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Cormac McCarthy the road

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In McCarthy's The Road, the reader is exposed to a frightening nightmarish situation of what might become after a disastrous event. My essay will focus upon the confrontation between good and evil which is so wonderfully dramatize throughout the novel and finally answer what Cormac McCarthy ultimately suggested about good and evil?. The 'scorched earth', 'ashen drift' and the 'Blackness' are all examples of the vivid language used by McCarthy to convey a very unique and desolate view of what the world quickly became after whatever apocalyptic event occurred. The reader is only given a glimpse of what cataclysmic event brought the world to its knees, which occurred years ago, just before the boy was born: "A long shear of light and then a series of low concussions." Afterward we are given a haunting vision of the early days: "People sitting on the sidewalk in the dawn half immolate and smoking in their clothes. Like failed sectarian suicides". Then just how quickly the age of humanity ceased to exist giving way to a malevolent society: "within a year there were fire on the ridges and deranged chanting. The screams of the murdered. By day the dead impaled on spikes along the road". The world that McCarthy portrays in the Road has simply disintegrated, leaving a clear divide between good and evil. Whatever "good guys" still exist, are at risk of becoming food for the evil cannibals. McCarthy has simply brought an end to civilization. The culture and history of millions of years of evolution and civilization is now extinct, the rules and laws that were set in place to prevent such evil behaviour is no more. ...read more.


This seems to highlight the words importance and goes some way to describing the world seen by our protagonists. The "barren" emphasises the lost of humanity and the infertile nature of the land, which is their reason for hunger. The silence seems to signify the perils of the land and the need to be silent so as not to be notice and also the lack of life in the world and "godless" for it seems that immorality has become the new way of life. Because it is "Barren" and "silent" the world would automatically become godless, hence the order "Barren, silent, godless". McCarthy also uses elements of poetry when setting a scene "they set out along the blacktop, the gun metal light, shifting through the ash". He uses a metaphor to describe the relationship between the sun and the landscape. The use of the word gun-metal gives the impression of a cold grey shine making the world seem dangerous and sinister. Also the use of the word "shifting" conveys the sun as if it is trying to enlighten a depressed earth with no success. This is similar to another description of the sun trying to illuminate the earth "By day the banished sun circles the earth like a grieving mother with a lamp." This quote seems to epitomize the fact that the sun never breaks through the grey dust storms of the nuclear winter In terms of structure, McCarthy follows his own rules. For instance the omission of chapters gives the book a continuous flow. ...read more.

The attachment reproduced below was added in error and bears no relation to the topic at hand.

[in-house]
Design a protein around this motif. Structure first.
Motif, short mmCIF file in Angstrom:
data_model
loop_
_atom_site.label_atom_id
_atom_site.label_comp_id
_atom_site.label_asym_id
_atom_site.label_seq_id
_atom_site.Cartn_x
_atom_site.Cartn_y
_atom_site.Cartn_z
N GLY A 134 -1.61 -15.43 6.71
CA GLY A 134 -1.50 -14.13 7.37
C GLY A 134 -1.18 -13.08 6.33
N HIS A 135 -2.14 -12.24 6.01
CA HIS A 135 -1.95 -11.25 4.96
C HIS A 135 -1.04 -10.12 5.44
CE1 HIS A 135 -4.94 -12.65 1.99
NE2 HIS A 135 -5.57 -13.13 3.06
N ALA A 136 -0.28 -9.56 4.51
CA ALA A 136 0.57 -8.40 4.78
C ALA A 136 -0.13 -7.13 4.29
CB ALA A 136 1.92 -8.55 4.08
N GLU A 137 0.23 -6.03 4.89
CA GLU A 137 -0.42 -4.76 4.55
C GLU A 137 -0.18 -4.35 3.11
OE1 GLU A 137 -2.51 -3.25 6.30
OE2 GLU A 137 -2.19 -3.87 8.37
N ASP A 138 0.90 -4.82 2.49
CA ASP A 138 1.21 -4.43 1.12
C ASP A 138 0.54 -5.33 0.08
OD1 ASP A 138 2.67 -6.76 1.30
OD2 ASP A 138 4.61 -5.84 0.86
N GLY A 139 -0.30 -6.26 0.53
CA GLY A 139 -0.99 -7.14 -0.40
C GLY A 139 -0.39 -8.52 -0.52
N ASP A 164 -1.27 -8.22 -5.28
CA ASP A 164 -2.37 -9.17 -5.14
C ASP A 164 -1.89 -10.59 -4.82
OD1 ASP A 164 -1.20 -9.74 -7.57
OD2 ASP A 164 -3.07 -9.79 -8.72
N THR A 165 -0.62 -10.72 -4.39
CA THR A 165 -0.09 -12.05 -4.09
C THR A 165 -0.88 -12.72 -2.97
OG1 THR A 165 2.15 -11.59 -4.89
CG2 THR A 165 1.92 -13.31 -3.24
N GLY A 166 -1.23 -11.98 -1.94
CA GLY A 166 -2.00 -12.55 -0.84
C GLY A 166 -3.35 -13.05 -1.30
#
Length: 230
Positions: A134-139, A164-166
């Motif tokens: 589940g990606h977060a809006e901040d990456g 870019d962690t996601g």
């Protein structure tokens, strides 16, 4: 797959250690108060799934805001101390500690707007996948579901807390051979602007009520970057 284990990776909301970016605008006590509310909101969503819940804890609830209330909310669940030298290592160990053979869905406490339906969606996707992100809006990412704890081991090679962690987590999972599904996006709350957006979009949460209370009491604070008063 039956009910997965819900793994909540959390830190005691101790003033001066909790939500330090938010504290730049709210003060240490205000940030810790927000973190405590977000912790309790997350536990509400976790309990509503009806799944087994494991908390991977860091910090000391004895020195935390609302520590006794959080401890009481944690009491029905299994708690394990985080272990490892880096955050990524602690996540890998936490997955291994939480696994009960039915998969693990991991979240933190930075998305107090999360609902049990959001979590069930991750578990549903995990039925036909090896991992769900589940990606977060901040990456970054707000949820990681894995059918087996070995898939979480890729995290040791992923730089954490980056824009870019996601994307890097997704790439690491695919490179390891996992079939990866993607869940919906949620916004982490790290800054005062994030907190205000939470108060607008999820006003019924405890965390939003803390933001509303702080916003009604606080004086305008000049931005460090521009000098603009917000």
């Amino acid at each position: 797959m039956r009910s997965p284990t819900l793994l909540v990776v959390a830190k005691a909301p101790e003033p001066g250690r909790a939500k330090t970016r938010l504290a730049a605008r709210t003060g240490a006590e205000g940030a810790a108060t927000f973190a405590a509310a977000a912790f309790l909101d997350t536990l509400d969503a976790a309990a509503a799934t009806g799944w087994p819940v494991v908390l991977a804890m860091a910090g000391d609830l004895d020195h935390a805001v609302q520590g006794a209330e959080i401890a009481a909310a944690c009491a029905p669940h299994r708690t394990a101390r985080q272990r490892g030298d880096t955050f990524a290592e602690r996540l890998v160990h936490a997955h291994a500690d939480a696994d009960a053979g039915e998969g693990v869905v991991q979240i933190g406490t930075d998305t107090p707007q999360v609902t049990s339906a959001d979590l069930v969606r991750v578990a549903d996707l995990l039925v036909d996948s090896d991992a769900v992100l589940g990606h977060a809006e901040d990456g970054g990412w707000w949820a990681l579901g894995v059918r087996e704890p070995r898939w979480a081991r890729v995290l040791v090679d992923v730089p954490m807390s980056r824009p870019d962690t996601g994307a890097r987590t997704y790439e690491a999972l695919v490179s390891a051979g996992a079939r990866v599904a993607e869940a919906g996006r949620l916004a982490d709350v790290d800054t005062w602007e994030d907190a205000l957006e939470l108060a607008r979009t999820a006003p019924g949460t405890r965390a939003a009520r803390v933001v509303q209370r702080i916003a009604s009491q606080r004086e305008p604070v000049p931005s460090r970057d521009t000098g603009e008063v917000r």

But its not. I know you're scared. That's ok. I think there may be thing in there and we have to take a look......this is what good guys do. They keep trying. They don't give up". And this time they uncover a bunker full of food, clothing, fresh water etc. just as the find there deliverance from death: he'd been ready to die and now he wasn't going to" and enjoy second helpings of canned pears, McCarthy cruelly and somewhat evilly tell us that they cant stay there long. I those two scenes epitomize the road by Cormac McCarthy as it shows us the fine balance between good and evil. Because the cannibalistic others have lost all humanity they would have never of found that bunker. But our protagonists, with their hope and belief. Keep trying and although all might seem lost, the roads show us that good things will happen to those that are tolerant, believe and never lose faith. Another contrast between good and evil comes at the end of the story with the death of his father. Even though this is widely anticipated, the death of his fathers leaves the boy is a rather precarious position. The boy has lost his only form of protection and is left holding the revolver. it is ironic that is boy saviours comes in the form of "good guys" which the son ever gave up hope in. and the boy is left to go on without his father carrying with him all the things he learned from him. ...read more.

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